Fall for Oktoberfest

Hankering for German food? These three eateries will satisfy all your cravings.
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’Tis the season of pumpkin spice and apple cider doughnuts, but this is the time of year when my brain (and palate) go into Oktoberfest mode. This German celebration is more than 200 years old, its roots going back to 1810, when Bavaria’s Crown Prince Ludwig married Princess Therese of Saxony-Hildburghausen. Today, most of us commemorate it at festivals filled with mouthwatering German fare and wonderfully brewed auburn lagers. But because of our busy fall schedules, making it to a festival isn’t always feasible. The next best thing is to visit one of our area’s many establishments with seasonal specials. Places like Montclair Brewery, Cloverleaf Tavern in Caldwell and The Office Tavern and Grill (locations in East Hanover and Morristown), for instance, have an unforgettable lineup of drink specials. Here are my three favorites for beer and brats.

—Darius Amos

Redd’s Biergarten, Newark

Asbury Park and Jersey City have their gems, but Brick City has its own must-try beer garden. Though Redd’s sits in the shadow of the Prudential Center, you don’t have to wait for a Devils game to visit. Fall was on my mind when my friends and I stopped at Redd’s this summer, and fortunately its menu features the best of Oktoberfest all year long. There are typical tavern appetizers like wings and mozzarella sticks but the menu also features a selection of German-inspired foods—soft pretzels, kartoffelpuffer (potato pancakes with applesauce) and bier bacon (slabs of smoky bacon with a beer and honey glaze). We skipped apps on this trip and went straight for the big meats. My crew split the German Wurst Platter, a complete package with regular and cheddar brats, kielbasa and Weisswurst. Each sausage had the perfect snap when I sank my teeth into the casing, and sides of kraut and fries made me feel like I’d gone to foodie heaven. Redd’s also has a variety of burgers, schnitzel and sandwiches (how does a cordon bleu on pretzel roll sound?) as well as soups and salads. Of course, we had to wash everything down with a brew, and Redd’s has plenty of German beers and local crafts on tap. I went light on this visit: a Schofferhofer grapefruit beer was perfect for my still-summer-but-thinking-fall vibe.

Redd’s Biergarten, 220 Market St., Newark, 973.877.6600, reddsbiergarten.com Redd’s Biergarten, 220 Market St., Newark, 973.877.6600, reddsbiergarten.com

Jockey Hollow Bar and Kitchen, Morristown

I admit I have never eaten in the exclusive Washington Room at Jockey Hollow, but only because the more relaxed Rathskeller usually calls my name. Located on the basement level of the Jockey Hollow mansion, the Rathskeller (German for council’s cellar) has limited hours and few seats but boasts a sizable drink list and mouth-watering grub. Oktoberfest-goers can order from Jockey Hollow’s Oyster Bar menu (steak, poultry and seafood entrées galore) or select from Rathskeller’s specials. My friend and I shared two dishes, pork schnitzel and potato and cheese pierogies. The thin pork cutlet had a wonderful crisp and great flavor, especially with the side of braised cabbage and capers. The pierogies, too, were delicious, but perhaps a bigger portion or a third plate would have filled our empty tummies. But that left more space for drinks: A couple of von Trapps did the trick for me, while my companion capped the evening with a glass of rosé cider.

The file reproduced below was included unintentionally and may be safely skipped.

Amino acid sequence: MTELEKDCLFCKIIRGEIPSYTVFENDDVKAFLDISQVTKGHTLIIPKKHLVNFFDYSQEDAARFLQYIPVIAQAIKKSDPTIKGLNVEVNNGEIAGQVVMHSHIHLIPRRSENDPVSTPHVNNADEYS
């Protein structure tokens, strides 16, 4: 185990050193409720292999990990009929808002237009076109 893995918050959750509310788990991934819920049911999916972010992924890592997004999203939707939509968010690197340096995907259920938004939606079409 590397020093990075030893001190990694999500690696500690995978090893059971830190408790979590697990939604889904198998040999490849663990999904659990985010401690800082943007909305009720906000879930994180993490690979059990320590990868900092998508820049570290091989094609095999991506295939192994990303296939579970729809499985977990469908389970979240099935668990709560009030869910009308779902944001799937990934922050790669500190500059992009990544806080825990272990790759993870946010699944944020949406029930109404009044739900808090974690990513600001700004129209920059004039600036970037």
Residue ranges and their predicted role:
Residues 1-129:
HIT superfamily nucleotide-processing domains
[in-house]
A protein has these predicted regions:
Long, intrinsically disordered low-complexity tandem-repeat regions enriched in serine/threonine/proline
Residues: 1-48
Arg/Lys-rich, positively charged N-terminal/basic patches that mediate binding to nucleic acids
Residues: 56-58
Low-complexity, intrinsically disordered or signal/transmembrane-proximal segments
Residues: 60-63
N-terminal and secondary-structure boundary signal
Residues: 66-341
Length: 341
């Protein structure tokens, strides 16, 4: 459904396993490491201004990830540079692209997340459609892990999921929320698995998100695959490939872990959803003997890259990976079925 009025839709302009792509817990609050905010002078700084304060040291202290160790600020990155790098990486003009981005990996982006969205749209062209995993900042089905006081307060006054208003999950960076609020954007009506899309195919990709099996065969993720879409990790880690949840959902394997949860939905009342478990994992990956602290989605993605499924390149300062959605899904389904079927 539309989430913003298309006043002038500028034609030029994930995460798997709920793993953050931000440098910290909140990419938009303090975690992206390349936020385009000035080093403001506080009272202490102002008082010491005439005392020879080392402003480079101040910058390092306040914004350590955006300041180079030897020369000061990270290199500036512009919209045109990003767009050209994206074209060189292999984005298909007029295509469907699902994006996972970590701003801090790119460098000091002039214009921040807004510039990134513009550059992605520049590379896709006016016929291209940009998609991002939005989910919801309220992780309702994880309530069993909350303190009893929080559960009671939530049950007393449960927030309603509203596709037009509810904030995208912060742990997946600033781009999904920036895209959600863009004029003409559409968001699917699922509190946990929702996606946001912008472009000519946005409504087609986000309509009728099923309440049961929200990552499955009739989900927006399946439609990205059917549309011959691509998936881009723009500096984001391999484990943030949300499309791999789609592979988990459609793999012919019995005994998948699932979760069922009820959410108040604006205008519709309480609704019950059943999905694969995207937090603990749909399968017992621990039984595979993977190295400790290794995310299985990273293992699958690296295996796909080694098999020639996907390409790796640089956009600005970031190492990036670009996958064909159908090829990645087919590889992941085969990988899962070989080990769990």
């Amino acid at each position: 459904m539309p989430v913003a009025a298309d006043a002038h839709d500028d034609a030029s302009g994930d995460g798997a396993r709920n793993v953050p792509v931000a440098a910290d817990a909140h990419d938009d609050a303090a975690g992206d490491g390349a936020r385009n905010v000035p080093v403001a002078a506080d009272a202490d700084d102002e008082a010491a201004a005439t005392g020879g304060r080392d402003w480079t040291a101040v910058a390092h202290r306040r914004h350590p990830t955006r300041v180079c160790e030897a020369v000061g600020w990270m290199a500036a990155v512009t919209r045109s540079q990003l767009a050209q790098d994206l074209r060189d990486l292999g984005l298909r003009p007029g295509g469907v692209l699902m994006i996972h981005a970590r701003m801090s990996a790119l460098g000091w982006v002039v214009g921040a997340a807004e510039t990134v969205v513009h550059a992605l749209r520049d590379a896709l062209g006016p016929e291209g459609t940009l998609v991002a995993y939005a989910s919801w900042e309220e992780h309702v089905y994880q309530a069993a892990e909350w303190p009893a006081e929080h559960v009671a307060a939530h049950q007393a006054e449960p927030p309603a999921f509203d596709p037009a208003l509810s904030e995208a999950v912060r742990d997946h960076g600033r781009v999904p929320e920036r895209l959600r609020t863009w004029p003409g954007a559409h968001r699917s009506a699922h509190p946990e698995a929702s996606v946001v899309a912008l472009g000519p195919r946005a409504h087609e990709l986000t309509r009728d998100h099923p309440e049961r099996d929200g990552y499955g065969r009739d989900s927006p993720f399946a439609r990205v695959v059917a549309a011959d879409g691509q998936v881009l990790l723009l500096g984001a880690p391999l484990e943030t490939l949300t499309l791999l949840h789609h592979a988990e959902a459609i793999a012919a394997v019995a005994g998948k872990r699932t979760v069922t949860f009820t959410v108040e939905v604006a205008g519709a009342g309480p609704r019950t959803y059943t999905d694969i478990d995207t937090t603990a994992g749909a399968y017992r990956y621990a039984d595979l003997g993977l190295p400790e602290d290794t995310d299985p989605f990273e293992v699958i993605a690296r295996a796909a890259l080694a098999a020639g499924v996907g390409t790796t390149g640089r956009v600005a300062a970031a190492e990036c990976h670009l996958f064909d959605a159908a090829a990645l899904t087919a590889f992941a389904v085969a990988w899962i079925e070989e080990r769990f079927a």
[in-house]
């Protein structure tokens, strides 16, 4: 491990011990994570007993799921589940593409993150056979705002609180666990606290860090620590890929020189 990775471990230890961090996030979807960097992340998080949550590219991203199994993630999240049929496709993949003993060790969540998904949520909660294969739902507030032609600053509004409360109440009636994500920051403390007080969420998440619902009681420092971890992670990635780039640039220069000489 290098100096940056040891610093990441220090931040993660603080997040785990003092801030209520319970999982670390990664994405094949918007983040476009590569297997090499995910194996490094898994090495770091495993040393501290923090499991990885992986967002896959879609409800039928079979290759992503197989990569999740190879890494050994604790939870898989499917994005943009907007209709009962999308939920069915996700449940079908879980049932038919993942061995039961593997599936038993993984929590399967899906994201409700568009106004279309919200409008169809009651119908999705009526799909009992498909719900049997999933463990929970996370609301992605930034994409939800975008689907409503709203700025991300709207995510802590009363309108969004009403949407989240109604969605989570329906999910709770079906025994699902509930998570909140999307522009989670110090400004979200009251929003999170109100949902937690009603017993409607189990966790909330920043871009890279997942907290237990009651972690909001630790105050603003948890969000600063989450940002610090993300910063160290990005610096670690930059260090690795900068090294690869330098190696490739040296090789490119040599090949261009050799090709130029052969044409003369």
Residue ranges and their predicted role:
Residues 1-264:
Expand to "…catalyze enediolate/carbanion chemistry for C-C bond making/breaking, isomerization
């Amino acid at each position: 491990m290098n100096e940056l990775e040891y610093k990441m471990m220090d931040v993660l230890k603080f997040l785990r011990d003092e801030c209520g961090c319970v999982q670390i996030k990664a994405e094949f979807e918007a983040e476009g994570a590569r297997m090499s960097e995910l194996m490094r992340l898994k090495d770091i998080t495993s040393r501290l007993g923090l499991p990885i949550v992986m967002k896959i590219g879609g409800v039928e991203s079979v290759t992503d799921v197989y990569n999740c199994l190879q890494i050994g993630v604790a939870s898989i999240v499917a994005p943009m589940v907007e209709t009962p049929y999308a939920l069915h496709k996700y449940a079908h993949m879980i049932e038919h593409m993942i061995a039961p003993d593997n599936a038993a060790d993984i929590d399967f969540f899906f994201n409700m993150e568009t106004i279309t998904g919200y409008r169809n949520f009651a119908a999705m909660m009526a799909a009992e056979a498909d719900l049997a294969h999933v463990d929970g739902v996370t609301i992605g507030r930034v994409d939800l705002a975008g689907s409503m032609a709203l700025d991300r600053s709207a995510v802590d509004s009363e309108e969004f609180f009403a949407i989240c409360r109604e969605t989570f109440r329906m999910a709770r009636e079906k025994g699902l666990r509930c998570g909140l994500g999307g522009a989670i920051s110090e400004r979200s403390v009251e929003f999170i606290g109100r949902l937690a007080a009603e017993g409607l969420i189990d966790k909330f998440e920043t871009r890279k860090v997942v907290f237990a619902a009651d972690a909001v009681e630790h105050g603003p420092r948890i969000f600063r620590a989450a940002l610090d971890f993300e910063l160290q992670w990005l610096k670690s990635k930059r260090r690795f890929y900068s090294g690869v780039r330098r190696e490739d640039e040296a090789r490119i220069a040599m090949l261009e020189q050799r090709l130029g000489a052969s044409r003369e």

Jockey Hollow Bar and Kitchen, 110 South St., Morristown, 973.644.3180, jockeyhollowbarandkitchen. com 

Revolution, Morristown

Over the past few months, this restaurant/beer hall/ social club has easily become one of my favorite spots in Mo-Town. So what’s the attraction? It’s definitely the food. And the brews. And the vibe. Classic Oktoberfest fare is available year-round, from starters like giant soft pretzels and schnitzel chicken fingers to entrées like wienerschnitzel and Bavarian sausage sandwiches. During a visit earlier this year, a friend and I split a trio of appetizers before Revolution’s nightlife scene picked up. Our first, Revolution’s signature fladenbrot (flatbread), had unbelievable flavor thanks to the toppings, namely bacon, caramelized onion and a crème fraiche spread. We also shared a plate of pierogies, each generously stuffed with potato and cheese and sprinkled with bacon and crème fraiche that similarly appeared on the flatbread. A third app—fried mac and cheese balls—doesn’t appear on many Oktoberfest menus, but the crispy breadcrumbs and stringy cheese filling makes it perfect any time of year. Revolution had yet to roll out its Oktoberfest drinks during this recent, but there are plenty on tap now.

Revolution, Morristown, 9 South St., Morristown, 973.455.0033, revolutionmorristown.com

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